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      The role of intonation and visual cues in the perception of sentence types: Evidence from European Portuguese varieties

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          In this paper, we explore the role of intonation and visual cues in the perception of statements and questions in two varieties of European Portuguese—the standard (SEP) and the insular variety of Azores, Ponta Delgada (PtD)—previously shown to convey sentence type contrasts by different uses of intonational means and/or facial gestures, namely eyebrow movements. Forty native speakers (20 from each variety) were exposed to SEP and PtD stimuli in a perception task with three conditions (audio only, video only, and audiovisual). The audiovisual condition includes congruent and incongruent (both original and manipulated) stimuli, where there is either a match or a mismatch between the auditory and visual features as potential cues for a specific sentence type. We concluded that both SEP and PtD participants rely more on intonation than on eyebrow movement to identify sentence types, even when exposed to incongruent audiovisual stimuli. In the absence of audio information, unexpectedly, participants do not interpret eyebrow raising as a question marker, not even when perceiving stimuli from their native variety. When exposed to non-native audiovisual stimuli, both SEP and PtD participants present longer reaction times (RTs), especially for incongruent stimuli. Finally, although we confirm the strength of intonation over visual cues, RTs in the audiovisual condition are significantly shorter than in the audio condition, thus pointing to the relevance of visual cues for structural/linguistic marking.

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          Most cited references 21

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          Reaction time as an indicator of discrete intonational contrasts in English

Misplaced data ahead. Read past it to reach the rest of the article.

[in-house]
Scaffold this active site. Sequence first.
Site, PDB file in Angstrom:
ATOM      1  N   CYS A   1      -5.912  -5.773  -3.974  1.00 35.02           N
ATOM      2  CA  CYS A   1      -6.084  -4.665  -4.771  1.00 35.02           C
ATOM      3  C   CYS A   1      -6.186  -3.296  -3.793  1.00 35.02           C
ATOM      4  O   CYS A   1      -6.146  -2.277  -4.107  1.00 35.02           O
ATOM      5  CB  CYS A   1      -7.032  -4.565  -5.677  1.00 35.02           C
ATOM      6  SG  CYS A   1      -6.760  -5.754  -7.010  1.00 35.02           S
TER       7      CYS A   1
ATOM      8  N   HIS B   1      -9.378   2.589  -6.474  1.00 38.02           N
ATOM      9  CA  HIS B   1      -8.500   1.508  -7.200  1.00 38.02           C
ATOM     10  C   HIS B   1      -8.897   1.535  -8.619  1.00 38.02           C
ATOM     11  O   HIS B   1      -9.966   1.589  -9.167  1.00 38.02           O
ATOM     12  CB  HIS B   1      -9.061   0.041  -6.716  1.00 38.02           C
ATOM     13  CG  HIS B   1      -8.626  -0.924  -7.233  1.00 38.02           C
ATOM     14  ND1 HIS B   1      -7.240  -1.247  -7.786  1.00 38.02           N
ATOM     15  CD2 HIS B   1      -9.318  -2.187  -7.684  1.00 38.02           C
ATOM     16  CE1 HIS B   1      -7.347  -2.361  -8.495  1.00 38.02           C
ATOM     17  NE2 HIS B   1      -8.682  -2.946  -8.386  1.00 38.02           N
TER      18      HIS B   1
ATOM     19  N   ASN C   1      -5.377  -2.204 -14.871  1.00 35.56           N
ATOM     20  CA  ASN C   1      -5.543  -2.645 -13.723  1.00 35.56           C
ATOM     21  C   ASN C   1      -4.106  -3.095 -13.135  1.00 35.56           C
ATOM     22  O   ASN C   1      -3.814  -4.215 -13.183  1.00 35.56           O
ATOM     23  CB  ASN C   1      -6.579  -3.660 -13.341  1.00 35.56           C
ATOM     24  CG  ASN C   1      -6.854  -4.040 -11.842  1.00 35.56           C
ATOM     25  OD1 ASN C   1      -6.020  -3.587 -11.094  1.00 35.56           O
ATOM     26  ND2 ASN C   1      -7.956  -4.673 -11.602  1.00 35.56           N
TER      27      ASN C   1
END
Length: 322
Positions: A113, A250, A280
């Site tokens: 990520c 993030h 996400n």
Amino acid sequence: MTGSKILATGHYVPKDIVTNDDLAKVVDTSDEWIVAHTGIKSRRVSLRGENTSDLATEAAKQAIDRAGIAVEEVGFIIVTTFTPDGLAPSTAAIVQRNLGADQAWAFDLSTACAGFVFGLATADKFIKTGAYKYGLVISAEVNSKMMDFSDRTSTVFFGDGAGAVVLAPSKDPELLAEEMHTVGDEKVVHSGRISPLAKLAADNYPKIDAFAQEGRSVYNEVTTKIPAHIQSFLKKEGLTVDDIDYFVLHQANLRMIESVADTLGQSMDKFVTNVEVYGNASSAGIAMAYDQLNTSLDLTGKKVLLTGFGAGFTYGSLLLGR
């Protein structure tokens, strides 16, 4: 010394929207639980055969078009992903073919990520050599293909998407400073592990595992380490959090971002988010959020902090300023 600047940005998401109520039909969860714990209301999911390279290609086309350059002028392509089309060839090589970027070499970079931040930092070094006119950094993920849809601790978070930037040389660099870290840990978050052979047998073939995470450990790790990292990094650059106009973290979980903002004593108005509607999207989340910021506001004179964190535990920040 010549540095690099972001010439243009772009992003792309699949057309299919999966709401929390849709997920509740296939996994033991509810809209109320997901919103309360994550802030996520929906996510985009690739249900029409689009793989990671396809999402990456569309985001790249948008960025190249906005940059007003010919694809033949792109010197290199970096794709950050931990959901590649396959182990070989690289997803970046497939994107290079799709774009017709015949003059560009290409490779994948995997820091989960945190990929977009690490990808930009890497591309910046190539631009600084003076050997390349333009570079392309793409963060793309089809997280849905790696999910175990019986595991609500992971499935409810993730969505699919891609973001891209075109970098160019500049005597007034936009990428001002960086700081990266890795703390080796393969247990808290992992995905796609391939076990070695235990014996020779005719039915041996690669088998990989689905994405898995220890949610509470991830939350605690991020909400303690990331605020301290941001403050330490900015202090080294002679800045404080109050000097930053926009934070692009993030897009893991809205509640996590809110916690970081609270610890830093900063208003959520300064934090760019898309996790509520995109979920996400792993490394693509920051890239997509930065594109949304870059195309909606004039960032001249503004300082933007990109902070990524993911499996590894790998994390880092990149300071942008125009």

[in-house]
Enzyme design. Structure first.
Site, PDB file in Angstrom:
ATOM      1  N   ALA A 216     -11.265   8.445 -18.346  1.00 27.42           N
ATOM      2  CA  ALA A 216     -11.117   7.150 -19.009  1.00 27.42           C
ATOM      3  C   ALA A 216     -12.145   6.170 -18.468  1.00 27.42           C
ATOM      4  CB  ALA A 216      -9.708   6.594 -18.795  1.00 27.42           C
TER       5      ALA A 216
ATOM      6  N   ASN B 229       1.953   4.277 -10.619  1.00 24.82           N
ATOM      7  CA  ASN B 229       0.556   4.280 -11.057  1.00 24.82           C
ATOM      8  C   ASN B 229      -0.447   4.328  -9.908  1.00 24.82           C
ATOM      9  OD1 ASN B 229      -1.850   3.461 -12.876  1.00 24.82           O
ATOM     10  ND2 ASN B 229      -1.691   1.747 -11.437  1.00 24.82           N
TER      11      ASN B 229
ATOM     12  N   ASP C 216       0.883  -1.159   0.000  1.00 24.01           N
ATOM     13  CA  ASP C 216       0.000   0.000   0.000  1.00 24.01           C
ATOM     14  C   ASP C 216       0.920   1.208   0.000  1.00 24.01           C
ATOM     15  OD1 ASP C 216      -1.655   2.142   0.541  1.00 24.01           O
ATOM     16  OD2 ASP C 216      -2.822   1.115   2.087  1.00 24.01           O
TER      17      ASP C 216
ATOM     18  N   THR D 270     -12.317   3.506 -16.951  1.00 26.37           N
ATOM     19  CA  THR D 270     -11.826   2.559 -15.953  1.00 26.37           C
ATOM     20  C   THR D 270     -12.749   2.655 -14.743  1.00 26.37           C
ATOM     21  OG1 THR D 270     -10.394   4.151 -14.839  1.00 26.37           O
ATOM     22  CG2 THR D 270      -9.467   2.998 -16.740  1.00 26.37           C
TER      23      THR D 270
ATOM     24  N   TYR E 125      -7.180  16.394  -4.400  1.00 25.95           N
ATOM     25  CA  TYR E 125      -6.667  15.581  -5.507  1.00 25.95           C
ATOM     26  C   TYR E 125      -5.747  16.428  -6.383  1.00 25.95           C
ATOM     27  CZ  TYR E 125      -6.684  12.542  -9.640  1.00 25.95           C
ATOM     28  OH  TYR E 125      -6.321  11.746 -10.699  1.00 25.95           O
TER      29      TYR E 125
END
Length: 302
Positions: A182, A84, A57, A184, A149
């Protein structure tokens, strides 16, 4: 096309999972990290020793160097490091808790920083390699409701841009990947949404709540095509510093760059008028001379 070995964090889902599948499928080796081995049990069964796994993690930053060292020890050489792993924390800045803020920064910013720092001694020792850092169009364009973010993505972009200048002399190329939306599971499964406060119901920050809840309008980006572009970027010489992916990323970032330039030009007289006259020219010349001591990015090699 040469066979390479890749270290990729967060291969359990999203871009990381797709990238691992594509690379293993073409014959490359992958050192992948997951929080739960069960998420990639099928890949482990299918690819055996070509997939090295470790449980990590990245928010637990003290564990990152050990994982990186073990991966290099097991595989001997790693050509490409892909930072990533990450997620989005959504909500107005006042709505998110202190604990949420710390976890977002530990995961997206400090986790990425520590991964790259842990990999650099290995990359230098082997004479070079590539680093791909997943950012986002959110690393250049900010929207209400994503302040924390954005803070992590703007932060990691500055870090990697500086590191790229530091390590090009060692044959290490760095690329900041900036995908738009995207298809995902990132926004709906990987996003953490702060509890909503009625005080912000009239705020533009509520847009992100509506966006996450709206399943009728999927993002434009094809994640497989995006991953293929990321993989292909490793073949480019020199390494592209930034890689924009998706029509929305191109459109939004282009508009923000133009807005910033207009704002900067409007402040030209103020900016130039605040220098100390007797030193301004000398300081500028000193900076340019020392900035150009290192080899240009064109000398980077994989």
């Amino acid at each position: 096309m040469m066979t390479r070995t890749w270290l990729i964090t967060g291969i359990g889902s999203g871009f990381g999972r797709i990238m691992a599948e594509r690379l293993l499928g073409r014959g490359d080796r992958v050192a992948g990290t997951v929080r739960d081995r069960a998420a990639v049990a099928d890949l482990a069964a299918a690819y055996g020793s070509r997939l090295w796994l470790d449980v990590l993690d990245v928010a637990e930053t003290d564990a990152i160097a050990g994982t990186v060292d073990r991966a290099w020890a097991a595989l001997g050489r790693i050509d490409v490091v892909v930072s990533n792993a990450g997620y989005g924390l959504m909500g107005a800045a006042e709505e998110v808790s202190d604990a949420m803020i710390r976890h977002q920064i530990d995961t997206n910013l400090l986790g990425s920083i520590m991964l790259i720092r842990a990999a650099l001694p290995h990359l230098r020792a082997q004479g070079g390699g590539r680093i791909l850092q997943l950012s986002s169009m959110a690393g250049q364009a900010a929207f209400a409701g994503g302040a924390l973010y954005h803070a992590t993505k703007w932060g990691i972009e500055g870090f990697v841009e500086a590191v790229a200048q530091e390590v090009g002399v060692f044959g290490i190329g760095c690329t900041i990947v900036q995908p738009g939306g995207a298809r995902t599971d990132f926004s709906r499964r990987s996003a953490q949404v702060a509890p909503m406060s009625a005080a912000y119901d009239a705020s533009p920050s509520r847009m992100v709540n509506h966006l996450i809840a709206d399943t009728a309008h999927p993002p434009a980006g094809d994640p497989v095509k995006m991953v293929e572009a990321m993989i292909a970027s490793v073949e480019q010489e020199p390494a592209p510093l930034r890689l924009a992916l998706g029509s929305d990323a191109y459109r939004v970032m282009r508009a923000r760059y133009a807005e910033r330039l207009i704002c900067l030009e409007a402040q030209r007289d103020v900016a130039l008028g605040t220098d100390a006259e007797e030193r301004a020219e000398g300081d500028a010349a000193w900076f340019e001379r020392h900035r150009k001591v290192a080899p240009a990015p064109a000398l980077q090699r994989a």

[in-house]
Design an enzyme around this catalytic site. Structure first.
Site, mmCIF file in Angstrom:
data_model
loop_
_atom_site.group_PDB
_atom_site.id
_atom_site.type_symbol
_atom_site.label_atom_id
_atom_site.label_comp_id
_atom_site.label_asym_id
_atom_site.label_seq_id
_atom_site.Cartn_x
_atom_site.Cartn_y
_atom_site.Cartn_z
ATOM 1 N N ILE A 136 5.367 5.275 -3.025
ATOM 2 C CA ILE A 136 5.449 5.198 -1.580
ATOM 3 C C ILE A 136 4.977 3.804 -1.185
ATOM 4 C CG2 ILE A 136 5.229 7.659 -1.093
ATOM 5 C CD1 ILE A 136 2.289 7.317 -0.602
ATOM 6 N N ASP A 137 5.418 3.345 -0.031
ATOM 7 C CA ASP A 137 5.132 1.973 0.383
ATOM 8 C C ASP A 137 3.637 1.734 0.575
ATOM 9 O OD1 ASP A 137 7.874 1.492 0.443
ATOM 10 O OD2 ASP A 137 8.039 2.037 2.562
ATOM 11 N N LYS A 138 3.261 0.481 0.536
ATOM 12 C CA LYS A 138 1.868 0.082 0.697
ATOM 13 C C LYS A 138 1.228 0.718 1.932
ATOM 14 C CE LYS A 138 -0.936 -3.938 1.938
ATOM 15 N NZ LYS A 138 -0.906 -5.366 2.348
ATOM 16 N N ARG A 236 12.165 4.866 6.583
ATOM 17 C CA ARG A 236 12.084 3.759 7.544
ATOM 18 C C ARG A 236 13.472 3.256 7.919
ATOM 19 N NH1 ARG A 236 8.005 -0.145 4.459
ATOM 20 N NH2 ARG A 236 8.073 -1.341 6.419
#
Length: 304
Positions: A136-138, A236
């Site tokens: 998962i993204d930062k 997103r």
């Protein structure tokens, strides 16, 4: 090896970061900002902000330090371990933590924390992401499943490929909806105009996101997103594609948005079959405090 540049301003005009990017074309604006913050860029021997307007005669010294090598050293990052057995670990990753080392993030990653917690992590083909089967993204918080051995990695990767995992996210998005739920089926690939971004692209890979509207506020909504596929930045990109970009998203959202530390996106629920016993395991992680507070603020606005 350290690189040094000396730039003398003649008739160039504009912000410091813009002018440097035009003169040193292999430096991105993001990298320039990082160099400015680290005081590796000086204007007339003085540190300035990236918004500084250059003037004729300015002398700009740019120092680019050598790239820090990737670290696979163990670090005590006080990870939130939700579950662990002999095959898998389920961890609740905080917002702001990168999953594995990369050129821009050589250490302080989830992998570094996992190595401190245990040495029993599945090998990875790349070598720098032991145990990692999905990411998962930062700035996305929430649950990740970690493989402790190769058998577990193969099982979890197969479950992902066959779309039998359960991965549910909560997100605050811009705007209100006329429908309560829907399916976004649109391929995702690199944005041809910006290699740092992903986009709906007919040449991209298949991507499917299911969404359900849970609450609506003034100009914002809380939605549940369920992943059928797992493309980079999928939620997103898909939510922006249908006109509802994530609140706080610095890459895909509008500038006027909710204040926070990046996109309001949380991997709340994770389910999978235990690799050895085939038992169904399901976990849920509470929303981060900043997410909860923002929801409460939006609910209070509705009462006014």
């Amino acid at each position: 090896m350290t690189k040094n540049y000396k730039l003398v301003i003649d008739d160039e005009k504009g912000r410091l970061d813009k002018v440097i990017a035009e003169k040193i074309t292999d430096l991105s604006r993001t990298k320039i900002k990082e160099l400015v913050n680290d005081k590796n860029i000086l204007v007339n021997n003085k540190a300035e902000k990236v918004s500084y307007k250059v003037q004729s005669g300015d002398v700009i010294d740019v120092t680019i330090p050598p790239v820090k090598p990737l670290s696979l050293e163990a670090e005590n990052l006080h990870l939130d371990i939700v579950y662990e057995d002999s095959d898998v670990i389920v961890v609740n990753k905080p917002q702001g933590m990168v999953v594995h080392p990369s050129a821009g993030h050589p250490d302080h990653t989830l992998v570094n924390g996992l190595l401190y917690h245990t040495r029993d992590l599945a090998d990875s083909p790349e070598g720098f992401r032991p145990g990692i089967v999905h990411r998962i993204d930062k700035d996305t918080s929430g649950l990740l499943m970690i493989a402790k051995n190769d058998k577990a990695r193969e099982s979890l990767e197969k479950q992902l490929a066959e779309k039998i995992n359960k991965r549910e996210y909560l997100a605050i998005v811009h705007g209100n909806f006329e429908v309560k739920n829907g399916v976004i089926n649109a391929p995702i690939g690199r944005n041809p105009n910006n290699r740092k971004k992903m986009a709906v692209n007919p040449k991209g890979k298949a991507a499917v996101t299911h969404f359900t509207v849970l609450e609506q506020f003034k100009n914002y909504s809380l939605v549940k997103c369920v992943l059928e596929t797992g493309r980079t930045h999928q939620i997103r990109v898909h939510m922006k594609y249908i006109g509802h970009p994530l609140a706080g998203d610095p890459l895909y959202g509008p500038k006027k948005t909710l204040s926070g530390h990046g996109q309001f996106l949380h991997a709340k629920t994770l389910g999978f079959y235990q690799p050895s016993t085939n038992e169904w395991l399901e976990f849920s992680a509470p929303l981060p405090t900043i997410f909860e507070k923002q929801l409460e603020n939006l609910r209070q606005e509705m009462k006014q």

A. Chen (2003)
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            Reaction time and decision difficulty in the perception of intonation

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              Using the Hands to Identify Who Does What to Whom: Gesture and Speech Go Hand-in-Hand.

              In order to produce a coherent narrative, speakers must identify the characters in the tale so that listeners can figure out who is doing what to whom. This paper explores whether speakers use gesture, as well as speech, for this purpose. English speakers were shown vignettes of two stories and asked to retell the stories to an experimenter. Their speech and gestures were transcribed and coded for referent identification. A gesture was considered to identify a referent if it was produced in the same location as the previous gesture for that referent. We found that speakers frequently used gesture location to identify referents. Interestingly, however, they used gesture most often to identify referents that were also uniquely specified in speech. Lexical specificity in referential expressions in speech thus appears to go hand-in-hand with specification in referential expressions in gesture.

                Author and article information

                Laboratory Phonology: Journal of the Association for Laboratory Phonology
                Ubiquity Press
                11 September 2017
                : 8
                : 1
                Center of Linguistics, University of Lisbon, PT
                Tilburg University, NL
                Copyright: © 2017 The Author(s)

                This is an open-access article distributed under the terms of the Creative Commons Attribution 4.0 International License (CC-BY 4.0), which permits unrestricted use, distribution, and reproduction in any medium, provided the original author and source are credited. See

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